You are sending a link to...
Euronews, supposedly Europe’s most viewed TV news channel, was quite happy, and indeed quite correct, to associate the words ‘terror’, ‘terrorist’, and ‘terrorism’ with the 22nd March bomb attacks in Belgium. However, such clear language does not feature in Euronews’ often-obsessive coverage of Arab-Paletsinian violence in Israel, which is perhaps unsurprising given the way in which it typically follows a one-sided anti-Israel narrative.
Not only do the words ‘terror’, ‘terrorist’, and ‘terrorism’ rarely occur in anything other than quotes from Israeli officials, some reports actually justify such violence. One example is an article entitled “Gunshots, grenades and anger in Jerusalem”, by Natalie Huet, which covers a day in December 2015 during the so-called ‘Stabbing Intifada’: which features video of the channel’s objectionable 26th December coverage of the same events.
The TV report leads with descriptions of Israeli aggression against a seemingly passive enemy, and continues in the same vein:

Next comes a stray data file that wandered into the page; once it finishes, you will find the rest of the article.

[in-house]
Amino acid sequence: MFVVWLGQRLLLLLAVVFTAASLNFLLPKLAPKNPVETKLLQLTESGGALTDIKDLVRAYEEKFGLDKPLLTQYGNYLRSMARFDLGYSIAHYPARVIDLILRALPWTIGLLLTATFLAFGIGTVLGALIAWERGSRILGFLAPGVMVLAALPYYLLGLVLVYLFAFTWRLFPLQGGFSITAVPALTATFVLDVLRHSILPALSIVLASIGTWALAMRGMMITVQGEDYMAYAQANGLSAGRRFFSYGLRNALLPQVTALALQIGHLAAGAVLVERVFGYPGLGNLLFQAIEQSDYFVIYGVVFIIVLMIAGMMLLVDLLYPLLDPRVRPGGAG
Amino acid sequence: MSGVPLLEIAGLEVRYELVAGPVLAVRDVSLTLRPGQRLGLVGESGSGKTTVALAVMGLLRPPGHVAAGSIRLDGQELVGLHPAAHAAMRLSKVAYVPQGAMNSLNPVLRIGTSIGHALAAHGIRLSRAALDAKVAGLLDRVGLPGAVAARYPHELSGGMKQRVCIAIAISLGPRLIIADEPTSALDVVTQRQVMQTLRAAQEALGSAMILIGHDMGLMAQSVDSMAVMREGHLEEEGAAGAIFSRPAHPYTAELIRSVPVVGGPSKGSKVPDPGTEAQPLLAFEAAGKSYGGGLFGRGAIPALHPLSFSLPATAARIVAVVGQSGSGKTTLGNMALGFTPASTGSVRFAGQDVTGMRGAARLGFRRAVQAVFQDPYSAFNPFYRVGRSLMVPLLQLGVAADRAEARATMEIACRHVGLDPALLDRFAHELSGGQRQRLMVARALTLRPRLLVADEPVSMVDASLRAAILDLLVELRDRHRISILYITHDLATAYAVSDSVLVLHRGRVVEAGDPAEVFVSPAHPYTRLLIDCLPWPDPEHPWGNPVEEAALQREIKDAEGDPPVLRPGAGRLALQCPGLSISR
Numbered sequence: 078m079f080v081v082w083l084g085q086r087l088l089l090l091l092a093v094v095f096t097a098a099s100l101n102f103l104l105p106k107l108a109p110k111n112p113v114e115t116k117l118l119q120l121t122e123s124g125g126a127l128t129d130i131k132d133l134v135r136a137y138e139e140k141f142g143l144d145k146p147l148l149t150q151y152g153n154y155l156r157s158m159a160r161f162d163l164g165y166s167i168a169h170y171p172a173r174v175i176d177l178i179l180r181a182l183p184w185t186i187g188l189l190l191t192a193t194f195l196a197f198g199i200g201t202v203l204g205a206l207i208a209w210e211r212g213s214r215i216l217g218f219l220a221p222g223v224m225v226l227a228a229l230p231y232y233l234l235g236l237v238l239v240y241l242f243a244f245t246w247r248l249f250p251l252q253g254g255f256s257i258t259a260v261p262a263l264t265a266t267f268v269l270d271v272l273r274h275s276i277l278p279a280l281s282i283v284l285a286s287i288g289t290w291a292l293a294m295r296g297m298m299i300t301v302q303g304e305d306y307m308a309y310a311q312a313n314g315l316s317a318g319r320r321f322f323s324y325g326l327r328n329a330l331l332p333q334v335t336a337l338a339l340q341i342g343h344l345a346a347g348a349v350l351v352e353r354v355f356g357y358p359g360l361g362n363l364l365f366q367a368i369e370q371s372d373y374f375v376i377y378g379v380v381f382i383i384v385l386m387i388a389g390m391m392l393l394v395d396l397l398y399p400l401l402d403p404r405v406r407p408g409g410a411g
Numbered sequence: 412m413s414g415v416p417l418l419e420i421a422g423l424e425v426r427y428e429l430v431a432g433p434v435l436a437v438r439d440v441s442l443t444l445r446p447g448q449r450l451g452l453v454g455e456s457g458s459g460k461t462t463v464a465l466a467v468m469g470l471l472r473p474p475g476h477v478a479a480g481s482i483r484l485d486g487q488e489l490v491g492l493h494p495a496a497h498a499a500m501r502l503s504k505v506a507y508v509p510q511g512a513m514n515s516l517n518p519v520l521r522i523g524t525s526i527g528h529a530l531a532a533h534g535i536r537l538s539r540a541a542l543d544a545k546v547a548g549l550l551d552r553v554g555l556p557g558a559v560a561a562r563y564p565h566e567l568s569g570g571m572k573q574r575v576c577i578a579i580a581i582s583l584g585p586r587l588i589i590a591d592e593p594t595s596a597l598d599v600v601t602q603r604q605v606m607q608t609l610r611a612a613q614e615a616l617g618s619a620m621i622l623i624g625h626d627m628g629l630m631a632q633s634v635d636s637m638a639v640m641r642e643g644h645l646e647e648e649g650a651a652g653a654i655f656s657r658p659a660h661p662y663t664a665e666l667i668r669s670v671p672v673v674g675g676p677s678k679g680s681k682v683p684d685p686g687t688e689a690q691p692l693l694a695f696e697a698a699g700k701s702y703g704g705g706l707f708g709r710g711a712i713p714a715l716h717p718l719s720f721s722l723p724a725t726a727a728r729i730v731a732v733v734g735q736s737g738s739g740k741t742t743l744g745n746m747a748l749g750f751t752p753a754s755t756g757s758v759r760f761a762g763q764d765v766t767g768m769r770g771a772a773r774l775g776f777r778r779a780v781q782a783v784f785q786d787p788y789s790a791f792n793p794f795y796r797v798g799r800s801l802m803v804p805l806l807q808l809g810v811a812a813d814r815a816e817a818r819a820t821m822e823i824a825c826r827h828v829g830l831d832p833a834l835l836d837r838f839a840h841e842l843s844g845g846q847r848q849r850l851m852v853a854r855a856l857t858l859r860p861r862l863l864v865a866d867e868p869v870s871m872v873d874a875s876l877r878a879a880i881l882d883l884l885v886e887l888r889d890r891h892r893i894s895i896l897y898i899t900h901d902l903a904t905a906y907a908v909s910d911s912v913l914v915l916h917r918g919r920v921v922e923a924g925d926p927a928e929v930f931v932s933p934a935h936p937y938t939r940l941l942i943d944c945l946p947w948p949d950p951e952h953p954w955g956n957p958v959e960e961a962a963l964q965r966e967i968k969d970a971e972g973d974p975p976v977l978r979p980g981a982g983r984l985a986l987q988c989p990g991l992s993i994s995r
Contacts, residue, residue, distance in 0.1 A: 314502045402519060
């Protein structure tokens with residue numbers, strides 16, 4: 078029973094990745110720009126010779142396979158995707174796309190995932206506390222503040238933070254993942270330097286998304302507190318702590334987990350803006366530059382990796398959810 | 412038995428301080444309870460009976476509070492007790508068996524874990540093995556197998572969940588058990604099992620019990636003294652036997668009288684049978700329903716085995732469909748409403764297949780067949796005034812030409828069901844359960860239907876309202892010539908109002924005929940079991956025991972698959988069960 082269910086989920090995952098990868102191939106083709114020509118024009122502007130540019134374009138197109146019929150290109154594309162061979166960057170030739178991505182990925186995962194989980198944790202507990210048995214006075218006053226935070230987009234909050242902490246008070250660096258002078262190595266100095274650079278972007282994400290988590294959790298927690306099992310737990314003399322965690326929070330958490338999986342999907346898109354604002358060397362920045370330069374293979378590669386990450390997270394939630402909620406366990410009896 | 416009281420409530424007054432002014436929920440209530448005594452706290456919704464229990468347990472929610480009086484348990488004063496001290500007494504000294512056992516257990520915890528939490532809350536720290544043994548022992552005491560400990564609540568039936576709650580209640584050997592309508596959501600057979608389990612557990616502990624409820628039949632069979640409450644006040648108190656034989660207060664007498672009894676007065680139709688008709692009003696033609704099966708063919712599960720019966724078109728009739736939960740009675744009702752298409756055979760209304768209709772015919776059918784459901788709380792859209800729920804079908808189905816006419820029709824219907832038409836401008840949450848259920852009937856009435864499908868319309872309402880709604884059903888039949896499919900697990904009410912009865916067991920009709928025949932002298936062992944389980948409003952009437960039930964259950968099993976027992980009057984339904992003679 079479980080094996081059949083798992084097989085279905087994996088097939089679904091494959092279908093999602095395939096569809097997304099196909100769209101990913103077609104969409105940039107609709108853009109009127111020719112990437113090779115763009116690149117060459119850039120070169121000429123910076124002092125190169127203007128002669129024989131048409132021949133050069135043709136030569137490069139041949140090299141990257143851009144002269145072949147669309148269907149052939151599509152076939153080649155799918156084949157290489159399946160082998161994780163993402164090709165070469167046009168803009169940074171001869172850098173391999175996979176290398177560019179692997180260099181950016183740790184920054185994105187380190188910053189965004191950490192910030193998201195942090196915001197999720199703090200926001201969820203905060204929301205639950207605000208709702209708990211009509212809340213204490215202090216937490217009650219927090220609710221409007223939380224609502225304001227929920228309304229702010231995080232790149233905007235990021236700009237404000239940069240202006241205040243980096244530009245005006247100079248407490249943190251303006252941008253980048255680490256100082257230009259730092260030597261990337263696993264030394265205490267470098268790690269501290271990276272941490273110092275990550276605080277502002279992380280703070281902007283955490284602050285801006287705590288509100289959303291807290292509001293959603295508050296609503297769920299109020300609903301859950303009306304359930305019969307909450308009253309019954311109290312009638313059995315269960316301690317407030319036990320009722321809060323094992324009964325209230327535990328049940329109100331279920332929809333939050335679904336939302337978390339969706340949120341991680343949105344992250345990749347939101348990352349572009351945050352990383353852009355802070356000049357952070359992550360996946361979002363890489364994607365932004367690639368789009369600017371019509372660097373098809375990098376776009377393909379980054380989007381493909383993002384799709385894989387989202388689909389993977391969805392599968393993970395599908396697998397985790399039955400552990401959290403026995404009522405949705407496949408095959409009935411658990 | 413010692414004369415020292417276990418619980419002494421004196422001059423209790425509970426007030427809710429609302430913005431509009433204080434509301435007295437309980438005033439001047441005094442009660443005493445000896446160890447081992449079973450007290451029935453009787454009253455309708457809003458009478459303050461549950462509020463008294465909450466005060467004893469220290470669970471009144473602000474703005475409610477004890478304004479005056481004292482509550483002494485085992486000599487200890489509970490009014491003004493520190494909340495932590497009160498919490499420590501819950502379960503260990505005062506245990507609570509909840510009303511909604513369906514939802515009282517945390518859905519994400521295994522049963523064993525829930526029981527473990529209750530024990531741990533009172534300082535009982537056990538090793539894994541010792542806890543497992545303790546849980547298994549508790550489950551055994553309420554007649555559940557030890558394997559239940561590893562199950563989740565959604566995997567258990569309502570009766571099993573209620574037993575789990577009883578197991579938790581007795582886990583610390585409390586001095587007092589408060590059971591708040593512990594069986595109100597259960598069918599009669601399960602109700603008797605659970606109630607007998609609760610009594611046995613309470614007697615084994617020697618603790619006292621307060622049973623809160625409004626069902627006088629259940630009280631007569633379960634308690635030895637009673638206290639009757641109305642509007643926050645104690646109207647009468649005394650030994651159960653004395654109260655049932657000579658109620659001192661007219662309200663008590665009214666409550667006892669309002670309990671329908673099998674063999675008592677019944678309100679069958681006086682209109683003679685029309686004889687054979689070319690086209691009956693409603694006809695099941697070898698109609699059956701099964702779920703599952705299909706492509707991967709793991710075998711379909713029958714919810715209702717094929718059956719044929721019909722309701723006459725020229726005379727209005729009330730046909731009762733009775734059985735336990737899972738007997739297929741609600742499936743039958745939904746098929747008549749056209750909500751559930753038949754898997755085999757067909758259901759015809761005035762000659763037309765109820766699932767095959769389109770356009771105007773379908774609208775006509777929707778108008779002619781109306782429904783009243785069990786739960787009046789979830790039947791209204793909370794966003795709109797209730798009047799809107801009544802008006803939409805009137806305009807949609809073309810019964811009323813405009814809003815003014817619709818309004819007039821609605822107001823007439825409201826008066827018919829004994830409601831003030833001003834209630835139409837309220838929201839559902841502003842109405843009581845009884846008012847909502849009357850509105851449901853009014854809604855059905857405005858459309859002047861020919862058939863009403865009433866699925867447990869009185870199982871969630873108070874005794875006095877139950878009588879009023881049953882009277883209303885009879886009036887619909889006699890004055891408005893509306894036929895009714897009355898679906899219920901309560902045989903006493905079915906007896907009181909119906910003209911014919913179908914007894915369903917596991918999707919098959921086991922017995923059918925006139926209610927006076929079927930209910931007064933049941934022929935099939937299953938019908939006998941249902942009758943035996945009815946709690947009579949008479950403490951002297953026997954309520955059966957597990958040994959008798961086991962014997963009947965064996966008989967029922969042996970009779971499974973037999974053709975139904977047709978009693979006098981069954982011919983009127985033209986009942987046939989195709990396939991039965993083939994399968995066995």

“Outside the walled city, police threw stun grenades and fired rubber bullets to disperse Palestinian protesters.”
The report fails to qualify why Arab-Palestinian casualties are so high (because they are initiating violence), and incorrectly ascribes the violence as only occurring in the contested territories, with some undercounting of Israeli fatalities: “In three months the violence has killed 20 Israelis and at least 127 Palestinians”, presumably to make the contrast all the more stark.
The report blames the terrorist incidents on Israel, and also advances the libel over the Temple Mount which incited that very violence:
“The surge in violence has been fueled by increased Jewish presence in areas also revered by Palestinians and frustration over the collapse of peace talks.”
It has not been shown that there has been a dramatic increases in the number of Jewish people visiting the Temple Mount, which BTW is sacred to Jews as well as Muslims! The inference that Israel is blameworthy for the collapse in peace talks is common albeit obviously untrue, given the record of Arab-Palestinian intransigence at Camp David, Taba, etc. but echoing Abbas’ inciteful sentiment is inexcusable.